In a ruling on Monday (in Falls Church Medical Center v. Oliver), senior federal district judge Henry E. Hudson (a Bush 43 appointee) held that a 1975 Virginia law that allows only licensed physicians to perform abortions cannot be enforced against abortions in the first trimester. On initial read, I find Judge Hudson’s ruling on this issue very puzzling—indeed, deeply troublesome—in several respects:
1.Hudson acknowledges that the challenge to the physician-only law, “if waged by Plaintiffs as a facial challenge, … could face a formidable arsenal of countervailing authority.” (Slip op. at 16 (emphasis added).)
The Supreme Court in Planned Parenthood v. Casey (1992) noted with approval that “[o]ur cases reflect the fact that the Constitution gives the States broad latitude to decide that particular functions may be performed only by licensed professionals, even if an objective assessment might suggest that those same tasks could be performed by others.” (Hudson quotes the first part of this passage, but not the second.) On that basis, the Court upheld a requirement that a licensed physician, rather than a qualified assistant, provide the information relevant to informed consent. Likewise, in Mazurek v. Armstrong (1997), the Court summarily reversed a Ninth Circuit ruling against a licensed-physician-only abortion law and emphasized “our repeated statements in past cases … that the performance of abortions may be restricted to physicians.”
Contrary to Hudson, I don’t see how the holdings of Casey and Mazurek are limited to facial challenges, and I don’t see why they don’t dispose of plaintiffs’ challenge.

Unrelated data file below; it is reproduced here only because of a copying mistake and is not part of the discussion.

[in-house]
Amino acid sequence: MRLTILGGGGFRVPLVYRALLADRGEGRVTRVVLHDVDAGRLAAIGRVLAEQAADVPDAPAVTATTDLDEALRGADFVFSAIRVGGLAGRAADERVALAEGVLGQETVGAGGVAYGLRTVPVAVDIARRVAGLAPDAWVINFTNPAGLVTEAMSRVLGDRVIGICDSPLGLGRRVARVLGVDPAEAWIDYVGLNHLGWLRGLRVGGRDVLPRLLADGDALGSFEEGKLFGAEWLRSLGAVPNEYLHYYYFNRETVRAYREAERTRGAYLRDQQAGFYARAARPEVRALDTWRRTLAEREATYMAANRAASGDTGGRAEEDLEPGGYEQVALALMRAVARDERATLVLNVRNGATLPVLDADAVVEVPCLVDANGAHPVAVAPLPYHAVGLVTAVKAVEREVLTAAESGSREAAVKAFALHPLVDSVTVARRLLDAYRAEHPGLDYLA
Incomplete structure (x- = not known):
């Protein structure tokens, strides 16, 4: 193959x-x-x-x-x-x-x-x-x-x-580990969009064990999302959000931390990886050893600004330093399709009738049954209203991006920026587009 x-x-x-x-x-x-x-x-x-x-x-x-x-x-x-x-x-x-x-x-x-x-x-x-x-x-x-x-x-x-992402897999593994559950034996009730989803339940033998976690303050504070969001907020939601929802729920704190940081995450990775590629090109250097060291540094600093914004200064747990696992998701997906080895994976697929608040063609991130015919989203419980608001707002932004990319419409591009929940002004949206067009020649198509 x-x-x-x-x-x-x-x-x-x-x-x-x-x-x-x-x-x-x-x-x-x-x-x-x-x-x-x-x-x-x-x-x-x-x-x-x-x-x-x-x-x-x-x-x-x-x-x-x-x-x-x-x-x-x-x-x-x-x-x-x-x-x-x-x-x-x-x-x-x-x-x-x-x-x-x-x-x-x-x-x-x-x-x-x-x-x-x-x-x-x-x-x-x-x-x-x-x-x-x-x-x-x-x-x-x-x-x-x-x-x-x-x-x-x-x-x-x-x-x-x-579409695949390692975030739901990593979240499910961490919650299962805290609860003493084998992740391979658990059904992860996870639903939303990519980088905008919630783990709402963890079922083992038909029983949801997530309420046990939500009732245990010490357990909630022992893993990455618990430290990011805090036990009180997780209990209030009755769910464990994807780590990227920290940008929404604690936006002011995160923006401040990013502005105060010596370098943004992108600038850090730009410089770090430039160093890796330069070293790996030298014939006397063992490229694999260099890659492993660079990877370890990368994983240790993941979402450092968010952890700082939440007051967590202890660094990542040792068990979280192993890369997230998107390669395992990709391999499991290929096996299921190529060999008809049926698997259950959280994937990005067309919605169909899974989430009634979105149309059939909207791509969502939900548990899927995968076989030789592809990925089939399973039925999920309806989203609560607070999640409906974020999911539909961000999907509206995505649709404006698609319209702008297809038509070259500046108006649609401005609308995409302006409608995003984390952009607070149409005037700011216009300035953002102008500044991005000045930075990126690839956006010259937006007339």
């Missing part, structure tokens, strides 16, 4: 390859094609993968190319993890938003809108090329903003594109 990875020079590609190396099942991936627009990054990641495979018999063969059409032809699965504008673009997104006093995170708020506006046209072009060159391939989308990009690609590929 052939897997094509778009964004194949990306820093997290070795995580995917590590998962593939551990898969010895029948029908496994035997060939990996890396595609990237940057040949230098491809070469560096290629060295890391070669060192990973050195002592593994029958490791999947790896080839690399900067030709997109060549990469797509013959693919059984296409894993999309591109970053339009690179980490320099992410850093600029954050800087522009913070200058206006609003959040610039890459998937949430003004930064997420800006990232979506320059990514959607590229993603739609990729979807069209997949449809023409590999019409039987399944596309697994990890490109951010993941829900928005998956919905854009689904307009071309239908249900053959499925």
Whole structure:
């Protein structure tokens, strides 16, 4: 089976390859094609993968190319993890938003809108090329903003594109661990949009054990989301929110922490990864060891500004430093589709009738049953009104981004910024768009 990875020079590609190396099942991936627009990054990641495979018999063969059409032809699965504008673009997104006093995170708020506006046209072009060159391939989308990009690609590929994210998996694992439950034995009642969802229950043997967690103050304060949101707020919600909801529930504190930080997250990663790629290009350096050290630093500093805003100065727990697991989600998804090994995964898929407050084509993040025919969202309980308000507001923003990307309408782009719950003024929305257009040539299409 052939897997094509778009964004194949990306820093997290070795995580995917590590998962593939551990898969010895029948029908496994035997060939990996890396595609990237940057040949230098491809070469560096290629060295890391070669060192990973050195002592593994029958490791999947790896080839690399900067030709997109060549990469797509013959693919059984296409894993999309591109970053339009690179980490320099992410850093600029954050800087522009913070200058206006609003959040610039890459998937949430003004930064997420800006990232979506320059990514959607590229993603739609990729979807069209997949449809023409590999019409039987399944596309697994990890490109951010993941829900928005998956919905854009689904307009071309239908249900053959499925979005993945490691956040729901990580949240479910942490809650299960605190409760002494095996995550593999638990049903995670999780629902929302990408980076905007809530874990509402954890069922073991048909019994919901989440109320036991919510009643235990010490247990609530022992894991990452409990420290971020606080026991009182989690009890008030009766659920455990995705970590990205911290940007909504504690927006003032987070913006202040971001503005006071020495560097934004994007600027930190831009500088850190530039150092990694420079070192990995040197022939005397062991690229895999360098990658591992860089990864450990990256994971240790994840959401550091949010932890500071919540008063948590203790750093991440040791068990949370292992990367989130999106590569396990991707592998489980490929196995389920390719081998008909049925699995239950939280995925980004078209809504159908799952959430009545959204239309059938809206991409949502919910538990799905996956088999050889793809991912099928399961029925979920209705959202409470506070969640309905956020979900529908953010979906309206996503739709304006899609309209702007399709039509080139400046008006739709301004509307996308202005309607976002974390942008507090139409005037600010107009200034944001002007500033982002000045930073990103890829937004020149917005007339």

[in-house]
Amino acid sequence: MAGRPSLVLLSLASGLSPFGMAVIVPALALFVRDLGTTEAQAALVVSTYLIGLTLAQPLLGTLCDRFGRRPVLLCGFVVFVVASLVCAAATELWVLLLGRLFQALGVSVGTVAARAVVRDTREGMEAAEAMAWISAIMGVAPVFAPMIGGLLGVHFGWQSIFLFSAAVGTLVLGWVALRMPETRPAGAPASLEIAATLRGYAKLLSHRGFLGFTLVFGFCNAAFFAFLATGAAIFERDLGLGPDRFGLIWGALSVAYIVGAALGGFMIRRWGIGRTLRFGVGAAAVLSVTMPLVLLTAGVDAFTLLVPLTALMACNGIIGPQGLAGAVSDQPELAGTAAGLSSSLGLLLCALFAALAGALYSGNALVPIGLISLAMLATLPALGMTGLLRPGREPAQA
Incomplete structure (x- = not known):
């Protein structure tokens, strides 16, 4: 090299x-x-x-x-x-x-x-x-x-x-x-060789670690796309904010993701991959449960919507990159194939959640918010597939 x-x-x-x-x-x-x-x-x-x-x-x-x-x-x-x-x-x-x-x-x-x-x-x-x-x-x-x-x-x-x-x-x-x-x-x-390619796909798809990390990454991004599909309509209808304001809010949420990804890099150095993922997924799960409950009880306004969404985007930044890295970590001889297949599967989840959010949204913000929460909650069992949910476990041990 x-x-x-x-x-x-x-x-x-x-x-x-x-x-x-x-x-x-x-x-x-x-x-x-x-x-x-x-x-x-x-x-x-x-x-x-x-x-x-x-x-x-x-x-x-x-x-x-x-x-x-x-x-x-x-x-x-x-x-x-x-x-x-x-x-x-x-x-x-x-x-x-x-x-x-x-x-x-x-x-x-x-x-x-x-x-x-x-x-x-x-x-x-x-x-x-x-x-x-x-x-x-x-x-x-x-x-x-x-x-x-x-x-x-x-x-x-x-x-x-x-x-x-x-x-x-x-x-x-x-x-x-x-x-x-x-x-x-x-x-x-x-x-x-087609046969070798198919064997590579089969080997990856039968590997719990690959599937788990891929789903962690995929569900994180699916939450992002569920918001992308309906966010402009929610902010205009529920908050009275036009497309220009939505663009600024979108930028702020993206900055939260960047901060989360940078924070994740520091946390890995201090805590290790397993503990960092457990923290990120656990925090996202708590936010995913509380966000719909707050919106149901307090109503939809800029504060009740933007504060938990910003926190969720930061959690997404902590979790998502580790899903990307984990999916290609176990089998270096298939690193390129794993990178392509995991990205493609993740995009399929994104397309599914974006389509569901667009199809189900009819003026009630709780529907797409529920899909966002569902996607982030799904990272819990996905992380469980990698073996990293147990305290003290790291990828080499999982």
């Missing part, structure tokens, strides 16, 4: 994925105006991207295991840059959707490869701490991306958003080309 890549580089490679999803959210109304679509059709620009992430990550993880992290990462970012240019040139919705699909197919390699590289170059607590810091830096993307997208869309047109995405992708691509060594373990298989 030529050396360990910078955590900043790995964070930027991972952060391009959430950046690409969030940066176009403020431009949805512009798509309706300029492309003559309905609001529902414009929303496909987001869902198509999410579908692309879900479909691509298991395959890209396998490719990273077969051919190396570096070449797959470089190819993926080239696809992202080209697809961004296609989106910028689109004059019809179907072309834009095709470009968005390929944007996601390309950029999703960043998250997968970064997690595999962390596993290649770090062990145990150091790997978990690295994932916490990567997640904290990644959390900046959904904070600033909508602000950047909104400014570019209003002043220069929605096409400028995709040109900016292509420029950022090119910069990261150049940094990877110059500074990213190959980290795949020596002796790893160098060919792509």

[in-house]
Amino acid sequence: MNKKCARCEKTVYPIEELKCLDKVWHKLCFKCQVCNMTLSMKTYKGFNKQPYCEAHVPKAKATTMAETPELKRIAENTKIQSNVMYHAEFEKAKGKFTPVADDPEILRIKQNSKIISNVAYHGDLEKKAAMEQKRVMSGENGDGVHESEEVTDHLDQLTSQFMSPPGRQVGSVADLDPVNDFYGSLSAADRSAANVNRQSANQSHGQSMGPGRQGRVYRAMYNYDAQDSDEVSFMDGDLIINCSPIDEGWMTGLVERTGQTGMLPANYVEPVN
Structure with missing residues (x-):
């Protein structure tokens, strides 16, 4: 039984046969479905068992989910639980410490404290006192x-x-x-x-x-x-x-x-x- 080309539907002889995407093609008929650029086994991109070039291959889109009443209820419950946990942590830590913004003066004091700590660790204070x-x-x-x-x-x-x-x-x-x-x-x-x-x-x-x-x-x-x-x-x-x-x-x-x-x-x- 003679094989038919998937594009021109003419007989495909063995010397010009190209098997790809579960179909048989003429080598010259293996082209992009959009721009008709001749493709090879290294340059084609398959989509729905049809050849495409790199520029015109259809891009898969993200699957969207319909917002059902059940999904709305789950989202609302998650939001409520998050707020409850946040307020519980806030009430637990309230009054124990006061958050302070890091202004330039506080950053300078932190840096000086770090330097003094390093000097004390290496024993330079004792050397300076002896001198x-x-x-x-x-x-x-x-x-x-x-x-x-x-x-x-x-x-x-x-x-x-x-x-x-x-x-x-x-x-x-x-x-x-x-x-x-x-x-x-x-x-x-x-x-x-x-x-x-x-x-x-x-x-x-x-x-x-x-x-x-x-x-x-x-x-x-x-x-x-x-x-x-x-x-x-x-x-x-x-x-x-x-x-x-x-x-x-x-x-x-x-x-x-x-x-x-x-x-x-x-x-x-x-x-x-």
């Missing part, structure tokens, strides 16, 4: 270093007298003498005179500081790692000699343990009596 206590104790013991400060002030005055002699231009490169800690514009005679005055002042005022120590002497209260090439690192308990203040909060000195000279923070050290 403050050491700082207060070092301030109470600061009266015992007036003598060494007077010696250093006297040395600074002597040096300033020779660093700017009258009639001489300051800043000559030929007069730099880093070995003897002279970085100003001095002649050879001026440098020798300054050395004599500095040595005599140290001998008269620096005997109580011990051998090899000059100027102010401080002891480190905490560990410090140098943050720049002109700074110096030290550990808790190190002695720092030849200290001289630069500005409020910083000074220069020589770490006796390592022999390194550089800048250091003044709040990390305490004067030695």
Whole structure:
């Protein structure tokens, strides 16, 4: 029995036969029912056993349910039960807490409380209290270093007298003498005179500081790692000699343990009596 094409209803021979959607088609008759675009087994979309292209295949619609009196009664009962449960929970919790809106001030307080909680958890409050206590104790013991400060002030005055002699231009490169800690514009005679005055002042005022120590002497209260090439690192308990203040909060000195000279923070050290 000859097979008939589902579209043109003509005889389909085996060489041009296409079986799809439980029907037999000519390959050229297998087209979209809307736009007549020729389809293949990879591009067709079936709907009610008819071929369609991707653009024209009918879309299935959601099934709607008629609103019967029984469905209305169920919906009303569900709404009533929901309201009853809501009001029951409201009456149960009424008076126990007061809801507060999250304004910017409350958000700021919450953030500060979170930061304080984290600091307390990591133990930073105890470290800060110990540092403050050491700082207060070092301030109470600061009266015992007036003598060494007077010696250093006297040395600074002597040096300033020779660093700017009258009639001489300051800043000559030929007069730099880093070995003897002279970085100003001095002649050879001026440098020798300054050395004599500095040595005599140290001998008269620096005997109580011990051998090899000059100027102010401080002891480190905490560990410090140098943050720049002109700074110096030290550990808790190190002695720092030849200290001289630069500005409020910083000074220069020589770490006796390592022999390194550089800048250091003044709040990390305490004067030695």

(I also don’t understand Hudson’s account of why plaintiffs’ challenge in the case before him is not a facial challenge. He states that “Plaintiffs’ challenge … is more narrowly focused to the specific application of the Physician-Only Law to access abortion care in the Commonwealth of Virginia.” (P. 16.) But that supposedly “specific application” is the entire reach of the law.)
2. Hudson’s ruling applies to all first-trimester abortions, both medication abortions and surgical abortions.
Hudson explains that there are “two forms” of abortion that “can be utilized in the first and early second trimester of pregnancy”: aspiration abortion and dilation-and-evacuation abortion. (P. 19.) Hudson appears to credit one physician’s testimony that “some APCs [non-physician advanced practice clinicians] could capably perform first trimester abortions, but ‘I don’t believe their training would support them managing complications.’” (P. 19 (emphasis added); the internal quote is the physician’s testimony, and the broader quote is Hudson’s paraphrase of that testimony.) But if that is so, why isn’t it eminently reasonable, and consistent with Casey and Mazurek, for Virginia to require that only physicians conduct first-trimester surgical abortions? If Hudson provides an answer to this question, I don’t see it.
Hudson’s seeming disregard for the state’s interest in maximizing the safety of surgical abortion is further reflected in his statement that “[s]urgical abortions need not be performed in a sterile operating room.” (P. 19.)
3. Hudson concludes that plaintiffs are entitled to summary judgment against the physician-only law for first-trimester abortions, but that the physician-only requirement is “amply justif[ied]” for second-trimester abortions (p. 37), as “potential complications in performing second trimester abortions may arise that may warrant the judgment and skills that a physician can best provide” (p. 20). Are we really supposed to believe that there is some marked change in the safety of surgical abortion that occurs precisely at the trimester mark? And, if there is, why doesn’t Hudson bother to spell out precisely when the first trimester ends?
4. Although Hudson’s ruling is premised on the proposition that some trained medical professionals other than licensed physicians could perform first-trimester abortions (including surgical abortions), his ruling, as I understand it, would allow anyone to do so. Hudson rules that the physician-only requirement is invalid during the first trimester, but he doesn’t substitute any less restrictive requirement in its place. (Perhaps the accompanying order that he says he will issue will do so.)
Again, these are my takes on my initial review of Hudson’s ruling. I acknowledge that I have found the ruling difficult to make sense of. If my further review clarifies or corrects my initial understanding, I will amend or supplement this post.